Alan Gregg, MD
1890 — 1957
Alan Greg, long director of the Rockefeller Foundation’s Division of Medical Education, was friend and sponsor of public health education and research. He was born in Colorado Springs, CO, received his medical degree from Harvard in 1916, and interned at Massachusetts General Hospital. He served with the Harvard Medical Unit attached to the British Army during World War I and in 1919 began a 37-year career with the Rockefeller Foundation. He used the financial resources of the foundation to further medical research and became a central advisor to the Atomic Energy Commission, the National Institute of Mental Health, the Veterans Administration, the Hoover Commission and the Office of Defense Mobilization. He helped sponsor the bill that created the National Library of Medicine and received a special Lasker award from the American Public Health Association after his retirement.
Gregg played a major facilitating role to CVD epidemiology and prevention research in direct and peripheral ways. He avidly supported public health education and research and sponsored Snapper’s career in China and in the United States. He sponsored Jerry Morris’s trip to the U.S. in 1947, which greatly influenced epidemiology in the United Kingdom. He and the foundation were sponsors of the programs and structure of the London School of Hygiene and Tropical Medicine at a critical time for this pioneering international center in prevention and public health.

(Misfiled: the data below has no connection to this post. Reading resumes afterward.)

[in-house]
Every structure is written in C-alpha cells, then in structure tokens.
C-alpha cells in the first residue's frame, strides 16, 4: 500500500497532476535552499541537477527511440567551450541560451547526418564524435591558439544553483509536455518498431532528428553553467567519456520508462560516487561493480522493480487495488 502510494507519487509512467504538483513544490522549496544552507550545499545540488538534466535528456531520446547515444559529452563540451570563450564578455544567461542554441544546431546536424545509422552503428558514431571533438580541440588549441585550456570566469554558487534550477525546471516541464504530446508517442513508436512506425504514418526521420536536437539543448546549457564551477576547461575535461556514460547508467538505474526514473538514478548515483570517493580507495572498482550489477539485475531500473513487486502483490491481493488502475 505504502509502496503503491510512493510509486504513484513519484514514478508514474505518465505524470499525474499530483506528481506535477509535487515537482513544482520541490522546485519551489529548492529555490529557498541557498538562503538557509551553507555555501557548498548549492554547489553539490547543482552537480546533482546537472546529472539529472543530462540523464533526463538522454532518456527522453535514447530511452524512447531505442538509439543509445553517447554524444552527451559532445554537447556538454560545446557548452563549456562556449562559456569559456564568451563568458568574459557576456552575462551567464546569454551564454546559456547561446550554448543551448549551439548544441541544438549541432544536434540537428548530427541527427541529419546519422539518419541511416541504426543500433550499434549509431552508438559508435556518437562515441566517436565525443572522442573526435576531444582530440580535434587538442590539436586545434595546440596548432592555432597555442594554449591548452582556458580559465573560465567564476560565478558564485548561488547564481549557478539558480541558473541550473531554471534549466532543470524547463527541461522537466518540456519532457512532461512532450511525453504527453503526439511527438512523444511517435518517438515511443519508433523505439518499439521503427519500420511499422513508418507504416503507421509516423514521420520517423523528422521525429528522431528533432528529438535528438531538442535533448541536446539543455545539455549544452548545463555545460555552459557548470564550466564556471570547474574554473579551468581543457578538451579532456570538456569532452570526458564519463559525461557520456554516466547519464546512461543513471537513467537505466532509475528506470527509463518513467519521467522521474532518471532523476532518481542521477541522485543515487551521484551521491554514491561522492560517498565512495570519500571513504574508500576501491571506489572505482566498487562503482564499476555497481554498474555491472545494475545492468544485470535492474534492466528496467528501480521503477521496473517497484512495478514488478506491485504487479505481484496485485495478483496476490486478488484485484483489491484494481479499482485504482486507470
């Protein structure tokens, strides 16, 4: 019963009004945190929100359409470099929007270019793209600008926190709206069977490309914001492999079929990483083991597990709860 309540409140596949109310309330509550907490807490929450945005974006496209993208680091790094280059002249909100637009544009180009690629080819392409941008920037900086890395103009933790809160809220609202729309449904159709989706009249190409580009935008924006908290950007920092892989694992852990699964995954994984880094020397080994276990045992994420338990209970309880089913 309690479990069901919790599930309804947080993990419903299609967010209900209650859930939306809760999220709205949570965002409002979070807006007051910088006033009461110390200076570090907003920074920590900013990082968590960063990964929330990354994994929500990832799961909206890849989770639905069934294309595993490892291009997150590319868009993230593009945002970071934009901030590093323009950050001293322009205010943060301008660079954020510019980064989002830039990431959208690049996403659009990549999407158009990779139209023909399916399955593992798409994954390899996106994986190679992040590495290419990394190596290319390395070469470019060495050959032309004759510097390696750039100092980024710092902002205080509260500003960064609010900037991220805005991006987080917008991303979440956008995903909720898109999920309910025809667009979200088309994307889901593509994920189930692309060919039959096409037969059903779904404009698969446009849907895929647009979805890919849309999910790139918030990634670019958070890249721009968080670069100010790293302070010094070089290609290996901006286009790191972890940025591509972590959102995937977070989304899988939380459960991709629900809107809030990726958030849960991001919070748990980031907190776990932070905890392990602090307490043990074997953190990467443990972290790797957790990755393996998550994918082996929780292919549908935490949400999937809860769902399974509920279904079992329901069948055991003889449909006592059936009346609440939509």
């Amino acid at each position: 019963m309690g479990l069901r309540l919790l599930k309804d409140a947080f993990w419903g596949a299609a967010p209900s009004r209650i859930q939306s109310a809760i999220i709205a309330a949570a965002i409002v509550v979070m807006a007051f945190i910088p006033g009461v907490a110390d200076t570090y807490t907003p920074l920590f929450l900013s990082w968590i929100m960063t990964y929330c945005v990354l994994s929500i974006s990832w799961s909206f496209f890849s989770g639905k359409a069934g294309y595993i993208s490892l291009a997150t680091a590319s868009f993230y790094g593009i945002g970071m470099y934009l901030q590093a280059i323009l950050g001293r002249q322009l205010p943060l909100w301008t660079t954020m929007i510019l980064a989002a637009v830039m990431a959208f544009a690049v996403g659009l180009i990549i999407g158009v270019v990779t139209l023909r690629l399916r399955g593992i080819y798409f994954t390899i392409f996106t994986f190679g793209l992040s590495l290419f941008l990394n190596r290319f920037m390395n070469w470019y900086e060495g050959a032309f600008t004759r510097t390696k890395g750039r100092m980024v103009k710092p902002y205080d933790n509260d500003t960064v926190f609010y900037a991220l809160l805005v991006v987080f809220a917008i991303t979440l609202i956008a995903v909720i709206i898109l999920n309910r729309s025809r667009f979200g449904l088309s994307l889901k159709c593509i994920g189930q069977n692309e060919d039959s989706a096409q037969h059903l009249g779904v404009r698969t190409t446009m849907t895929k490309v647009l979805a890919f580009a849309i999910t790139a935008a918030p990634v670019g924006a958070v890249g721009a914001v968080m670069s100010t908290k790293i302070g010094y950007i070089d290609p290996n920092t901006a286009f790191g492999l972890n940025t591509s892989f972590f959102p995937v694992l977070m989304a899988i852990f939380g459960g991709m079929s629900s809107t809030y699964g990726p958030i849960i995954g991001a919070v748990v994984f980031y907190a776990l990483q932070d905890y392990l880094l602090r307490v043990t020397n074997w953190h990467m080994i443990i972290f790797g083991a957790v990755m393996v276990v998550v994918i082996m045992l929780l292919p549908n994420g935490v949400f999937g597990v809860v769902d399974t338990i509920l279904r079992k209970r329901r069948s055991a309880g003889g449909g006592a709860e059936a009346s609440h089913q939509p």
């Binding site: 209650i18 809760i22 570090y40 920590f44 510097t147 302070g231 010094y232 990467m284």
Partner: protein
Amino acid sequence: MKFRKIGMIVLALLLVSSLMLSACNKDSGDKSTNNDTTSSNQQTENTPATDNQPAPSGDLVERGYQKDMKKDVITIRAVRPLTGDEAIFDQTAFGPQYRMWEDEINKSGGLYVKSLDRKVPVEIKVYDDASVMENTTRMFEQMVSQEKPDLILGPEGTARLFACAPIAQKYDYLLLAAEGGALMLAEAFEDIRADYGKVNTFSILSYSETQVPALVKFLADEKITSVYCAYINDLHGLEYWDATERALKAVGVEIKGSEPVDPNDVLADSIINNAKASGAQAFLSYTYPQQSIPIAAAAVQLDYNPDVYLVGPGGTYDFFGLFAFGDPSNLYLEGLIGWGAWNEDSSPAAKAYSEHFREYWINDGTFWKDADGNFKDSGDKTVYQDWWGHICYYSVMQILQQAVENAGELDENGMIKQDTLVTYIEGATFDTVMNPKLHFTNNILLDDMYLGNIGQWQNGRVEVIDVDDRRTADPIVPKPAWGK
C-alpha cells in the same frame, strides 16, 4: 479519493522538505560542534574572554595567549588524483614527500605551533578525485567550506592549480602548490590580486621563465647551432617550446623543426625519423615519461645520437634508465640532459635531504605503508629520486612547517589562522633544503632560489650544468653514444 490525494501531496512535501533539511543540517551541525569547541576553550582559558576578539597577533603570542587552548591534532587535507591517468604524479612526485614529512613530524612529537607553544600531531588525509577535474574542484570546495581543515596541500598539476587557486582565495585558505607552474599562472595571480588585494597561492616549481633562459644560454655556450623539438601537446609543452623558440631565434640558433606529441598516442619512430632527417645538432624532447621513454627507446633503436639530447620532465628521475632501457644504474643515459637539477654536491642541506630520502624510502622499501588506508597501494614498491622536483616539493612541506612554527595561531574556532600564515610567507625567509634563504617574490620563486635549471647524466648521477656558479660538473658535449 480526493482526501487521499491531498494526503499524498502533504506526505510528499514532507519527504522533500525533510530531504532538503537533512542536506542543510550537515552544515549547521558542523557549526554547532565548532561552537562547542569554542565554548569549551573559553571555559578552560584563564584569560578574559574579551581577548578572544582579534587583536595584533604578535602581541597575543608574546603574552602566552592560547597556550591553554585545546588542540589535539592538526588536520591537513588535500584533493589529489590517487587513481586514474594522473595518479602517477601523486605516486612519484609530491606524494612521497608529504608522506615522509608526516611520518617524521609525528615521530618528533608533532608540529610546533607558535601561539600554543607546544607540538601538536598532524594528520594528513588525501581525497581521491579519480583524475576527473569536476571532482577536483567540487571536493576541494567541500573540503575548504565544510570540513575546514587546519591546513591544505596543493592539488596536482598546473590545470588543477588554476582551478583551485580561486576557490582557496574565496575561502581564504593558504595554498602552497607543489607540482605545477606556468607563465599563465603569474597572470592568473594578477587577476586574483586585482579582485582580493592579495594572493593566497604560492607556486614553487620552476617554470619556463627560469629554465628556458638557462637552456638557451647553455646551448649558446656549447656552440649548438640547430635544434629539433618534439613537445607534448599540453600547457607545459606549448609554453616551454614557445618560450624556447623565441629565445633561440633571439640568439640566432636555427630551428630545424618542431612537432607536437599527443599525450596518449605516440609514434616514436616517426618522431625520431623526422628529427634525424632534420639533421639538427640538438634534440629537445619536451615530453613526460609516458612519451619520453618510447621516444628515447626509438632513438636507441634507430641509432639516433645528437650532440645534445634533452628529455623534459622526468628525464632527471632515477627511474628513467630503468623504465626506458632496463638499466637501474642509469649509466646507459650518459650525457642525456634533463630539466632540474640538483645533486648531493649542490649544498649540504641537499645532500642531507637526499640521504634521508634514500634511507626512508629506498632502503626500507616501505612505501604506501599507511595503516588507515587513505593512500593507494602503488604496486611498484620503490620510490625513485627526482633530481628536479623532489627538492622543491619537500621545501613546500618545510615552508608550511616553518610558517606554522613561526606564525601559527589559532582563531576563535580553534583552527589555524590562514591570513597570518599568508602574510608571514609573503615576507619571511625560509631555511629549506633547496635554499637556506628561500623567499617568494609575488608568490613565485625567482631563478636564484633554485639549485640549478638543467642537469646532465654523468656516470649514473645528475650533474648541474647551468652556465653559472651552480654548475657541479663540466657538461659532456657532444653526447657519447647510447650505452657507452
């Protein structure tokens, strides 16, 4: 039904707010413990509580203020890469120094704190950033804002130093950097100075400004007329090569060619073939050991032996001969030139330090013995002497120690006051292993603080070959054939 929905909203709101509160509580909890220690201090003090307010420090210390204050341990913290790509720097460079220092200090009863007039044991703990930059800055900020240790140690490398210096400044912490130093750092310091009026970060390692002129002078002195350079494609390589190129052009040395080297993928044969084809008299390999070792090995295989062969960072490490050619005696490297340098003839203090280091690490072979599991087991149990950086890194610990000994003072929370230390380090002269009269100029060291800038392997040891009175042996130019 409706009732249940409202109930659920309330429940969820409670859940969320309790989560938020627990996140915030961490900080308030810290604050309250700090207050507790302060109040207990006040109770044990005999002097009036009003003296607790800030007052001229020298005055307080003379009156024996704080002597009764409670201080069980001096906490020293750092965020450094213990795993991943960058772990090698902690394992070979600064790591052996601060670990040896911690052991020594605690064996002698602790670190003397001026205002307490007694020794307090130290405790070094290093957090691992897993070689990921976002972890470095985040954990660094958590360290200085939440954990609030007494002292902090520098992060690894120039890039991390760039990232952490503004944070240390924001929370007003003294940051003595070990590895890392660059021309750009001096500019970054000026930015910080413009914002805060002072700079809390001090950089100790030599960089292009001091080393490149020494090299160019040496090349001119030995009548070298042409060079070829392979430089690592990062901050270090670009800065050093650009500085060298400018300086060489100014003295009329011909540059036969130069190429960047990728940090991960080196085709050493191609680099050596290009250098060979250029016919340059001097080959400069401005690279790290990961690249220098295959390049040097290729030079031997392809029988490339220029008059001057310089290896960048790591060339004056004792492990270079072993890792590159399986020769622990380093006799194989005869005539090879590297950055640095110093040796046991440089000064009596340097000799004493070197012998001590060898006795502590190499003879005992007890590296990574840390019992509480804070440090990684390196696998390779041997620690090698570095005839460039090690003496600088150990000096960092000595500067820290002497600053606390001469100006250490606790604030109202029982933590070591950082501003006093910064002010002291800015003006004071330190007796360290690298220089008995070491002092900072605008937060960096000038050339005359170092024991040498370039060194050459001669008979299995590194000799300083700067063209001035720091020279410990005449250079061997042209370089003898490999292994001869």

Gregg remained Director of Medical Sciences at the Rockefeller until 1951, at which point he was made a Vice-President of the Foundation. Shortly after his retirement, Time magazine published the statement that “no man alive has had a wider or deeper influence on both the practice and teaching of medicine than Dr. Gregg.” Gregg deserves to “emerge from the shadow of Flexner,” mainly from changes in philanthropy he brought about, which paved the origins of current funding in biomedical research.
In a 1949 report, Gregg claimed: “The present policies in the National Institutes of Health have been derived more from Rockefeller experience than anywhere else.” He was saddened by the trend of NIH and the Rockefeller to fund multiple short-term grants and by his trustees’ insistence on (1) no endowments, and (2) no long-term support. Gregg noted sarcastically, “Thanks to this imitation, the Foundation no longer risks becoming the largest distributor of chicken feed in the country.” Gregg’s legacy lies in the projects and areas he developed and in his prescient warnings about a shift of funding that has become a feature of contemporary scientific policy.
Gregg died on June 19, 1957.
National Library of Medicine, “Finding Aid to the Alan Gregg Papers, 1900-1957.”
Schneider, W.H. “The Model American Foundation Officer: Alan Gregg and the Rockefeller Foundation Medical Divisions,” (2003) Miverva 41: 155-166.
Soloman, S.G. “Building Bridges: Alan Gregg and Soviet Russia, 1925-1928,” (2003) Miverva 41: 167-176.